Tony Auth, 72, Pulitzer Prize-winning cartoonist, died Sunday

Former Philadelphia Inquirer editorial cartoonist Tony Auth won the Pulitzer Prize in 1976.

Tony Auth, 72, of Wynnewood, the Pulitzer Prize-winning cartoonist and mainstay of The Inquirer's editorial page for four decades before resigning in 2012 to become a digital artist, has died.

Mr. Auth had been under treatment for brain cancer, and earlier this month was placed in hospice care, his family said. He died Sunday, just days after his friends announced a fundraising effort for an archive devoted to his work at Temple University.

Mr. Auth's remarkable career began in 1971 when the fledgling artist from California flew in to Philadelphia to interview for the position of editorial cartoonist.

Over the next 41 years, Mr. Auth would use his rapier wit in thousands of carefully rendered drawings to kindle discussion on the political and cultural currents of the day. Few could view an Auth cartoon and stay mute.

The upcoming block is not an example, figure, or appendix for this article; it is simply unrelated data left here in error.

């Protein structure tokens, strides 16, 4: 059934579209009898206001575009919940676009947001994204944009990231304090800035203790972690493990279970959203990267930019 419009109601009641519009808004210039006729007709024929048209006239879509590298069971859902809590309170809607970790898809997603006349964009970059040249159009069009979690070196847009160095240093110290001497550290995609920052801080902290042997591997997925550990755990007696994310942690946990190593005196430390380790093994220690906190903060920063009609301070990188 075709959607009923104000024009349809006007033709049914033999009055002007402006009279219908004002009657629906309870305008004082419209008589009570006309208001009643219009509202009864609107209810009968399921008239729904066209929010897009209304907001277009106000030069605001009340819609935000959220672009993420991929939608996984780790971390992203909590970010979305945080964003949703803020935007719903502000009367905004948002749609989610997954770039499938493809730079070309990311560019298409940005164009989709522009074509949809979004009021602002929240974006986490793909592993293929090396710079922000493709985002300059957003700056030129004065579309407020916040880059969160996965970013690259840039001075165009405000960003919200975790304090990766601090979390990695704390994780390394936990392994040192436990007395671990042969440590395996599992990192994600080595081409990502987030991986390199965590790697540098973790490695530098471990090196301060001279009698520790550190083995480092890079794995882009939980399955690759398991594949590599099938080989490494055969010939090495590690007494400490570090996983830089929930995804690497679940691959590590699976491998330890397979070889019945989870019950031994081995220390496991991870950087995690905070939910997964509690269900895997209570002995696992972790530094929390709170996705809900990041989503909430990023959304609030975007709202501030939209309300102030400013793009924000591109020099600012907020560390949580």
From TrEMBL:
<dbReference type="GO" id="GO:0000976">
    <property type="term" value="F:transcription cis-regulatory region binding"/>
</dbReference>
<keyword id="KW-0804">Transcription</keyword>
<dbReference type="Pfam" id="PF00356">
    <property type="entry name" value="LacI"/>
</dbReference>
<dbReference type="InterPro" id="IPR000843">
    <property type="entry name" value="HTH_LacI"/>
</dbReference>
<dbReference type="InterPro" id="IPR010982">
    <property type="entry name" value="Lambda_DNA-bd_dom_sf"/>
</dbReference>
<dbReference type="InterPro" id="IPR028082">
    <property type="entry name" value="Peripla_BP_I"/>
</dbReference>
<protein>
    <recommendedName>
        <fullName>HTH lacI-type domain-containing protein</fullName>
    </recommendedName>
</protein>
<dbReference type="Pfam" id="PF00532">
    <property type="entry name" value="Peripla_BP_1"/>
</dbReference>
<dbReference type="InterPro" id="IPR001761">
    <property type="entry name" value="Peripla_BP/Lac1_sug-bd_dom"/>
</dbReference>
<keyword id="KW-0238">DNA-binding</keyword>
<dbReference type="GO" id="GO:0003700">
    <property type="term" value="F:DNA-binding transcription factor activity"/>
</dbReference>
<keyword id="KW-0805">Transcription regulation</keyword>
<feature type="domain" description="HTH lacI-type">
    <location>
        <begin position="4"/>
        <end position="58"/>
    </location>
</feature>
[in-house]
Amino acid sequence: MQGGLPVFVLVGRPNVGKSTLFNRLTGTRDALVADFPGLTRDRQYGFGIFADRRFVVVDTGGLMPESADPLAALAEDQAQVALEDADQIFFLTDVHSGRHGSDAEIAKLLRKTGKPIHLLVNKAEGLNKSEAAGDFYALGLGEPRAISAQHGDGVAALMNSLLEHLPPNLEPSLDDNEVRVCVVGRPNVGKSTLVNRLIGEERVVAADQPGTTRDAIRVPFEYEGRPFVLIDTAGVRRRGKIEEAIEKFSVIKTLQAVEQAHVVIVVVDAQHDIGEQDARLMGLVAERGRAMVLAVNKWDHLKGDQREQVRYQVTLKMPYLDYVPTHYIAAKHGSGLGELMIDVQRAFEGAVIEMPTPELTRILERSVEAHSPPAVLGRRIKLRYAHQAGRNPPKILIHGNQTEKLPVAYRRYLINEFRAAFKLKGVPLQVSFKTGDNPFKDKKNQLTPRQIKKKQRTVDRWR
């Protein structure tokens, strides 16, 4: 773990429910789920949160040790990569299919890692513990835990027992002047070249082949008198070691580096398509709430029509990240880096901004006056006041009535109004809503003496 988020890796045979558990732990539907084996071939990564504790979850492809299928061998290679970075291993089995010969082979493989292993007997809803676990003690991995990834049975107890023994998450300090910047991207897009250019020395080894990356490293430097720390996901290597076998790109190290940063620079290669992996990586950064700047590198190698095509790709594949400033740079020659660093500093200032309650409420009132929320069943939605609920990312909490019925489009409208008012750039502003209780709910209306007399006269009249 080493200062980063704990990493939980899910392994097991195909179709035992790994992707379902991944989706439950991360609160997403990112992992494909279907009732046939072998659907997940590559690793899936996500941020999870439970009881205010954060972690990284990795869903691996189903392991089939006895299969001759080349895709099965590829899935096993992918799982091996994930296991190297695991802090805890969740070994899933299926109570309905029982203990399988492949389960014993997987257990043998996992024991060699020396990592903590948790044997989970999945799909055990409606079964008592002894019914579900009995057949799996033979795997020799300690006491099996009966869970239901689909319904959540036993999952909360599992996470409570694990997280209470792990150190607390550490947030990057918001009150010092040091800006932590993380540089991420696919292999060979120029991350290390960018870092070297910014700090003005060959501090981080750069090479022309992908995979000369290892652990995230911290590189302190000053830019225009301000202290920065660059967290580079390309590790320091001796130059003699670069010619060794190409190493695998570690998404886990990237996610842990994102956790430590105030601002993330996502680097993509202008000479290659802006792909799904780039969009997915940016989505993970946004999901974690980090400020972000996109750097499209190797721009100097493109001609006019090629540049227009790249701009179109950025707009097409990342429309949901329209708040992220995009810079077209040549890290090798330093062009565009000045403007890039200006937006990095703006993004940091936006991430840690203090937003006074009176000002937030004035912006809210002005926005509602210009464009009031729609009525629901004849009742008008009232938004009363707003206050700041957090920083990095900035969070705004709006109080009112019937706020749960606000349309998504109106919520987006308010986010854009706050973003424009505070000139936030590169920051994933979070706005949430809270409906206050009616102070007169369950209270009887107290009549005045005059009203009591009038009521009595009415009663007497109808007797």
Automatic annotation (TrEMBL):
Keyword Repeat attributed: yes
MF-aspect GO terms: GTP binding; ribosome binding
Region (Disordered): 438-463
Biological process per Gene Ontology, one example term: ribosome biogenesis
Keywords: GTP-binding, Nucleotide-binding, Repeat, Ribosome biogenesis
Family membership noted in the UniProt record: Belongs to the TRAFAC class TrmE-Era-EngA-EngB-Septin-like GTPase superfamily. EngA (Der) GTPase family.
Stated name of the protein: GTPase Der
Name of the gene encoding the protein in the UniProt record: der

"As a cartoonist, he was a gem - a journalist who could evoke reactions from readers ranging from anger and indignation to elation and illumination," said Inquirer Editor William K. Marimow.

Mr. Auth drew cartoons about world affairs, national issues, sports, Philadelphia politics - there was no one better at piercing the veils of self-righteous politicians. "Depending on the occasion, his work might be whimsical, feisty or festive," Marimow said.

Mr. Auth's impressive portfolio - he produced five cartoons a week - was a Philly staple when breakfast meant coffee, bacon and eggs, and the morning paper. As the fortunes of the newspaper industry waned, he still reached a national audience through syndication.

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